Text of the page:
A recent survey of 148 insurance brokers shows that ObamaCare is sending premiums rising at the fastest clip in decades.
"For the last, about, five years they've been doing this survey, so this was the largest percentage increase in any quarter since they've been doing (it)," said Scott Gottlieb of the American Enterprise Institute.
"But at 12 percent, 11 percent increase on average across all the states -- that puts it at the upper end of any increase we've seen for decades."
That is the national average in a survey done by Morgan Stanley. But in some states, it found rates are soaring.
"There are specific states with exorbitant increases," Gottlieb said. "Delaware had 100 percent increase, Florida had a 37 percent increase, Pennsylvania 28 percent increase, California had a 53 percent increase in their premiums."
Rates vary widely, often depending on the state and how highly regulated it was to begin with. Analysts, however, say the main reasons for the higher costs are not medical inflation, but rather the requirements of ObamaCare itself.
"There are certain regulations and certain requirements that had to be in there. And because of that it's driven up the costs of these benefits," said John DiVito of the Flexible Benefit Service Corporation, which represents hundreds of agents.Rate hikes include ten essential health benefits along with more than 20,000 pages or regulations.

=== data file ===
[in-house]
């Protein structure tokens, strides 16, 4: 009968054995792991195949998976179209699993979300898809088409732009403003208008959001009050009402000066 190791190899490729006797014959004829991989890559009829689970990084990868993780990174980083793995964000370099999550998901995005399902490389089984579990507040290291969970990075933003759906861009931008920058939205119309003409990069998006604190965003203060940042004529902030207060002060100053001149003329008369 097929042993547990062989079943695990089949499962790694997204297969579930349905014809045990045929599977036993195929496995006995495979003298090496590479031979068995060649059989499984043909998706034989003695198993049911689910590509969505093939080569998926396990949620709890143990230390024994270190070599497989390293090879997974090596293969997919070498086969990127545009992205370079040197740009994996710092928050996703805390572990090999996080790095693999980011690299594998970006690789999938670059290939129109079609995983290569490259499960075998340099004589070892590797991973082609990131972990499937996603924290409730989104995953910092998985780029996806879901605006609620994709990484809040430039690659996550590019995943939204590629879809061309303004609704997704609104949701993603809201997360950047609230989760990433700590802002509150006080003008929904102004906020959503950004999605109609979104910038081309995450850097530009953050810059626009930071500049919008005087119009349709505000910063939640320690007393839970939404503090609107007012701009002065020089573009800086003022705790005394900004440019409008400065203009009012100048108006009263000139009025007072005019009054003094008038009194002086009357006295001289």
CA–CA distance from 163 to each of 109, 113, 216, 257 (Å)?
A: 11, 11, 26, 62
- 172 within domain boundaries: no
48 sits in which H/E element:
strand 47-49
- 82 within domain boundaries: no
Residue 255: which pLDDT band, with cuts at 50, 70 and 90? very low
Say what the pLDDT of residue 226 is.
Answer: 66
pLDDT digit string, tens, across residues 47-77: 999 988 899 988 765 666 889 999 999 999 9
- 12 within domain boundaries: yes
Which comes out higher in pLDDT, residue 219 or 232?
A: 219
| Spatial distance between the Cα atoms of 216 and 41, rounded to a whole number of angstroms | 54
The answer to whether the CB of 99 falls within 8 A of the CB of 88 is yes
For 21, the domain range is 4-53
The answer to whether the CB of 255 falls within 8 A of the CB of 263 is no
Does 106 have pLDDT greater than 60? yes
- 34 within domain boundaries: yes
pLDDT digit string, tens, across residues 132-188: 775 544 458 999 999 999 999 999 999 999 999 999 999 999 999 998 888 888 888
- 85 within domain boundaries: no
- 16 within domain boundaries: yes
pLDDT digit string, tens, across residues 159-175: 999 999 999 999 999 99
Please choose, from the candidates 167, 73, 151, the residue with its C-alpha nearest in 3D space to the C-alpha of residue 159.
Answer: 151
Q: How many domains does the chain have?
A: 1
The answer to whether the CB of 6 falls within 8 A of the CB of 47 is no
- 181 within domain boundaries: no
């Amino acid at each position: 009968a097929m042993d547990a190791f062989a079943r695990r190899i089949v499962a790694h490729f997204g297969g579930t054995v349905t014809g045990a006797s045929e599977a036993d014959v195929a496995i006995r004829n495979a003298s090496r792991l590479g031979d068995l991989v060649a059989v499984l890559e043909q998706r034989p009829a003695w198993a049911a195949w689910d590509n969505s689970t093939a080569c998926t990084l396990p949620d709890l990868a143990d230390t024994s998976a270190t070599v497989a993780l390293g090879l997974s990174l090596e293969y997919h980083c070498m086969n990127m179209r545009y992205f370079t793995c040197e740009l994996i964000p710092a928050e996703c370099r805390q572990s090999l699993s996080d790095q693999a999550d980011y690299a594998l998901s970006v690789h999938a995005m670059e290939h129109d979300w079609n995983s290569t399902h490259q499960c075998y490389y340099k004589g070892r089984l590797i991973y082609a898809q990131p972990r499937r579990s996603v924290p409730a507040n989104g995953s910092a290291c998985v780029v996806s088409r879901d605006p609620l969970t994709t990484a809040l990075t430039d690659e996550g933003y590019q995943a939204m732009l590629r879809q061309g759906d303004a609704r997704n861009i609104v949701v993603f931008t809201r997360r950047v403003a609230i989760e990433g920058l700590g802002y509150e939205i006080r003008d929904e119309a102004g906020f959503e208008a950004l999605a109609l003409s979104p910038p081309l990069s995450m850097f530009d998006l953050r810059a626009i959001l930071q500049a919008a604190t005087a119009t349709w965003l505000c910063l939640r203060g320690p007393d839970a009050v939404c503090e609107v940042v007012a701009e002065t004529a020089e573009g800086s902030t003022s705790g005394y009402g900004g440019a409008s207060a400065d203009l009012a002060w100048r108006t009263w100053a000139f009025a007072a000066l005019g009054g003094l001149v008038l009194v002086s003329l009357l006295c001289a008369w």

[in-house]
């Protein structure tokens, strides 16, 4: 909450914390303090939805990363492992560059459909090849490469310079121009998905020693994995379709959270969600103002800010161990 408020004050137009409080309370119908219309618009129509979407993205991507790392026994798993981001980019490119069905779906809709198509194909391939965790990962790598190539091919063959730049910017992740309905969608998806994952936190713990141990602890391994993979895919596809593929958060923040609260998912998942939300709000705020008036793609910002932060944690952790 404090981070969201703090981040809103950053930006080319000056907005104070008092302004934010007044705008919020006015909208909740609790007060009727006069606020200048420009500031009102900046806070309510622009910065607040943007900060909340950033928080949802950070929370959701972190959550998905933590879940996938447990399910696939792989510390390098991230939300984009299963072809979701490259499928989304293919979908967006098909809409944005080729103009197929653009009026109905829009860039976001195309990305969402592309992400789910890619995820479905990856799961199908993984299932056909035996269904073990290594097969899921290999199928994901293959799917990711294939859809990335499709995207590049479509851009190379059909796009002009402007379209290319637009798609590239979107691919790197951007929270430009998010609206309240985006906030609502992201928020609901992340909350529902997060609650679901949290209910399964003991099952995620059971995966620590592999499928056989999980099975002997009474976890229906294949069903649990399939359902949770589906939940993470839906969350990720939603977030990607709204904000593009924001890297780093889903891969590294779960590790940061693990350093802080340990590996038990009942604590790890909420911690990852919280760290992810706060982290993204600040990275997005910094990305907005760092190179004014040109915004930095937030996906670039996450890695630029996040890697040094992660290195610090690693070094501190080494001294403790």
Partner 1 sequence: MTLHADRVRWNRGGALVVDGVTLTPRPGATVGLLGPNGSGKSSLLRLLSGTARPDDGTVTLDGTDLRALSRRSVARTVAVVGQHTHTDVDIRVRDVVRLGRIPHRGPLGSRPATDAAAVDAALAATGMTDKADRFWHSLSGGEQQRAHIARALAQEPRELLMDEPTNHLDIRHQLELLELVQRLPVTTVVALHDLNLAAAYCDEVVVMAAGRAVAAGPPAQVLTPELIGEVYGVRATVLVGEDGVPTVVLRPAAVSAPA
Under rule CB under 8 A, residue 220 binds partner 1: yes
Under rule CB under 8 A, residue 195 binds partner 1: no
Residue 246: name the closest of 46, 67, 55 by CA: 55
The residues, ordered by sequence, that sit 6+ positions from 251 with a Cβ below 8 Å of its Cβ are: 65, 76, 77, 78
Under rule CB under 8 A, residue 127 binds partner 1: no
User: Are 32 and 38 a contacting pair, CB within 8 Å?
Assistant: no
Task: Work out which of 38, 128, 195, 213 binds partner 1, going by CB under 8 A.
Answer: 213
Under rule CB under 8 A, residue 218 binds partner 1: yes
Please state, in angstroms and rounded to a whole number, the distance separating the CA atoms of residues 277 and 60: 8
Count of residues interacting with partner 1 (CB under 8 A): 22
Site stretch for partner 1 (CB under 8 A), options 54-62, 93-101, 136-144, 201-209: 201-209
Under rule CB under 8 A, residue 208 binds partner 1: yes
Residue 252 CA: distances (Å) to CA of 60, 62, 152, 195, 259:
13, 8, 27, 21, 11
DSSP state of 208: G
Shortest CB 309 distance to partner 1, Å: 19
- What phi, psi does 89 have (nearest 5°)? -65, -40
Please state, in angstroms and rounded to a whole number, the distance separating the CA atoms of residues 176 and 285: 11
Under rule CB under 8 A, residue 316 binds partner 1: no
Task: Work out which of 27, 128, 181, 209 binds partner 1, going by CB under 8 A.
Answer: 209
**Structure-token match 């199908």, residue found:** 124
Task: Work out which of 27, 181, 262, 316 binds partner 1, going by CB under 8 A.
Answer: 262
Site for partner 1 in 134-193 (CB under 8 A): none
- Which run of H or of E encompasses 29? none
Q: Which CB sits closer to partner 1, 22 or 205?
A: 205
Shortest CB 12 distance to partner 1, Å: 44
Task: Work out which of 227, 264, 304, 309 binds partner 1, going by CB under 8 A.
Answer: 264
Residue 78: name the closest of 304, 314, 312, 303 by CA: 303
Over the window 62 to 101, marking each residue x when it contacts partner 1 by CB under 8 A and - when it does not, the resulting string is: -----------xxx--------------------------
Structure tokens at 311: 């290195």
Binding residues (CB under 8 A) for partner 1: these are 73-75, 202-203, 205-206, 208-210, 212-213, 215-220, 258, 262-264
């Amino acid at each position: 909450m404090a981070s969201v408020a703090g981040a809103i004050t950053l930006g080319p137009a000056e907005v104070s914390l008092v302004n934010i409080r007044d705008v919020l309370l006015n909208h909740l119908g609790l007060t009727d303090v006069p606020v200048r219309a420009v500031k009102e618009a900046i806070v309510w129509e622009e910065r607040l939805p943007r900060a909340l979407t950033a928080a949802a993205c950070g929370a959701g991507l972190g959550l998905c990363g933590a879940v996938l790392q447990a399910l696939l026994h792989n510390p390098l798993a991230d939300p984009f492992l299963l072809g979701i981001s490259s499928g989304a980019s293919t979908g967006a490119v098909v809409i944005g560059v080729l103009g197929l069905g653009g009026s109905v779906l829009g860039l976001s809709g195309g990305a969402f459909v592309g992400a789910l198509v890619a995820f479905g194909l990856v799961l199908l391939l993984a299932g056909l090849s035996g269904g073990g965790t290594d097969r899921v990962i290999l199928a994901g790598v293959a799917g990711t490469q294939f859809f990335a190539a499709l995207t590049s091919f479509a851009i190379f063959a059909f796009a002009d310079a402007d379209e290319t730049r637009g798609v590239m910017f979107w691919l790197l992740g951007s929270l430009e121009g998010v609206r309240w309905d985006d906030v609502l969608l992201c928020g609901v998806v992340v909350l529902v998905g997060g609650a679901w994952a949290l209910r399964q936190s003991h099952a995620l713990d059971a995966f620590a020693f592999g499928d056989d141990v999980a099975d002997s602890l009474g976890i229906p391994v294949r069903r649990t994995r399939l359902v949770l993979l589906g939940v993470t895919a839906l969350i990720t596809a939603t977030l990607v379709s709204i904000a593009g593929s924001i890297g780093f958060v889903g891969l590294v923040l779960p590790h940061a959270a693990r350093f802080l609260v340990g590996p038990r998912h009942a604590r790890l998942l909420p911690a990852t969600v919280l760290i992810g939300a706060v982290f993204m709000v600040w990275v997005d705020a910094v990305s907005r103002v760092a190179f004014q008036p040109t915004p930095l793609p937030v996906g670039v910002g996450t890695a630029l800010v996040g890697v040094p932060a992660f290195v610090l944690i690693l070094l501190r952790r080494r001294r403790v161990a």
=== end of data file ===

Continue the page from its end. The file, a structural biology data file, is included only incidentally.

The reported hikes are for the first policies issued under ObamaCare in 2014.
The Congressional Budget Office or CBO issued a report Monday saying the average premium for the silver plan this year will be $3,800, or just over $300 a month, rising to $4,400 in 2016, 15 percent below its earlier estimates in 2009.
Those early, higher estimates make costs now look better – but that does not include deductibles of as much as $5,000.
But the estimates are comforting to the White House.
White House spokesman Jay Carney says, "It shows that marketplace health care costs have gone down because premium estimates have gone down."
The CBO also projects future premium increases over the next decade.
Insurance companies will soon have to set rates for 2015, and analysts fear reported higher costs now will mean increases next year, as well.
"They're going to see an announcement that next year's premium's going to be 25 percent or maybe 50 percent higher than what they're now paying," says John Goodman of the National Center for Policy Analysis.
John Divito of Flexible Benefit Service Corporation said, "we're reading studies where the rates could be 10 to 30, 40 percent higher. Again, it all depends geographically where these rates are being looked at but definitely an increase in rates."
Scott Gottlieb, a medical doctor as well as an analyst, added, "We've seen insurance premiums go up quite a bit over the period in which ObamaCare started to get implemented."
Insurance executives say the same thing. Marc Bertolini, CEO of Aetna, recently told an earning conference that he anticipates 2014 spikes of 20 to 50 percent, going as high as 100 percent in some markets.